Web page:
We use Hyper-V in our development environment and are happy with it, but must have some VMware ESXi boxes around just for NetApp, very annoying! At least we should be able to run it on a Linux machine, then it could be housed in any Hypervisor for testing/development purposes. Very sad to see there is no desire/resource to make this open again like it was originally. @netapp please ditch the firmware disk and anything else virtual hardware specific to make Simulate much more industy friendly! Actually with current technology you should skip a whole generation and publish some kind of open container image like Docker???
I have nothing to offer with regard to the OP's question ("do I use Hyper-V or VMware?") as I've found them to be mostly equivalent from a hypervisor standpoint for some time now...it typically comes down to which skill set you're most comfortable with.
That being said, I'll add comments to some of your statements around the ONTAP Simulator...
NetApp Simulate VM image is built with VMware exclusive features
The simulator is distributed, and documented, as VMware images suitable for running using either VMware Workstation (nee Player, though the "Professional" version will also work of course) or the data center products (i.e. ESXi). That being said, it does work using other *desktop* virtualization tools. For example, it is possible to use Oracle's VirtualBox to execute the Simulator (regardless of the underlying OS). I have not tried, so can not attest to whether it works, to use Hyper-V or KVM for the Simulator.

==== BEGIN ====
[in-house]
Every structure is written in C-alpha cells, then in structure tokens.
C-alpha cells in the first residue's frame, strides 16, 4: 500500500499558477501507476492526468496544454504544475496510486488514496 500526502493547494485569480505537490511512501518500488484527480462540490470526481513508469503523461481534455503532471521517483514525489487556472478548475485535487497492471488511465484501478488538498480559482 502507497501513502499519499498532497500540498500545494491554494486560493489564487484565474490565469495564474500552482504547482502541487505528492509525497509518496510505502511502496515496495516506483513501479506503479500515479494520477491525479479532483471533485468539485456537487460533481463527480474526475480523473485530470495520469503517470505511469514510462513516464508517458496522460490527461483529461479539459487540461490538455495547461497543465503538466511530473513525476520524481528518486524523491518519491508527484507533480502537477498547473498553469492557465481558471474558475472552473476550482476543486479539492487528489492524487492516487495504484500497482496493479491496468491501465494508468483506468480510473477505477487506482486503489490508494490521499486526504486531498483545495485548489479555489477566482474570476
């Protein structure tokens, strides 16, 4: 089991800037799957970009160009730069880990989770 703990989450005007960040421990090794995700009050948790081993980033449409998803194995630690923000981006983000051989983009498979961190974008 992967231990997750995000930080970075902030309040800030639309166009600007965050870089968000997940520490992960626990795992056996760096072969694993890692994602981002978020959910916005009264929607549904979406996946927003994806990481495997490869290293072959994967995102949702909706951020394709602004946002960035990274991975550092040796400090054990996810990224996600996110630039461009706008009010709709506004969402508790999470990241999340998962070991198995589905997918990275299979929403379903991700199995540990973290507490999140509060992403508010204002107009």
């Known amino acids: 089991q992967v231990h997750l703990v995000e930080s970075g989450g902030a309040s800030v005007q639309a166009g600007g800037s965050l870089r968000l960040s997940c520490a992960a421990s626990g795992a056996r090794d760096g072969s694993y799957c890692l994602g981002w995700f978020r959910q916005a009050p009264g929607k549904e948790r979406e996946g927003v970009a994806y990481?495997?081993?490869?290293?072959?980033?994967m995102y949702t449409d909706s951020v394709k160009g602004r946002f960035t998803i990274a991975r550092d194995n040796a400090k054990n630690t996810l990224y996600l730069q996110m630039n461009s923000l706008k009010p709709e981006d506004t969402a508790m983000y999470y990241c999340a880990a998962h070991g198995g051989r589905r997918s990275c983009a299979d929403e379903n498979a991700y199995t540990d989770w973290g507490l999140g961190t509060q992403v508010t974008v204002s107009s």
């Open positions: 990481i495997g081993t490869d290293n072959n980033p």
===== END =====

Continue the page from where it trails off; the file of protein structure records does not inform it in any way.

There are no longer options to use the NetApp Simulator in Hyper-V, Windows or Linux
I was not aware it was ever an option to use the Simulator with one of those tools.
Even the NetApp in CentOS in Hyper-V workaround also locked-out.
I think you're referring to the old ONTAP 7.x simulator? It ran in a Linux host (physical or virtual) as a process. The simulator for ONTAP 8 and 9 is a virtual machine because it runs a BSD version for the OS.
We use Hyper-V in our development environment and are happy with it, but must have some VMware ESXi boxes around just for NetApp, very annoying! At least we should be able to run it on a Linux machine, then it could be housed in any Hypervisor for testing/development purposes.
ONTAP Select can run using KVM as the hypervisor, however I don't believe it works with Hyper-V. You may be able to work with your account team to try Select to see if it will work for your purposes.
Actually with current technology you should skip a whole generation and publish some kind of open container image like Docker?
ONTAP is BSD based...containers are based on Linux's namespace technology (yes, I know there are Windows containers...I don't know the details there however). Unfortunately, this means ONTAP is incapable of being containerized.
Hope that helps, please let me know if I can help answer any questions.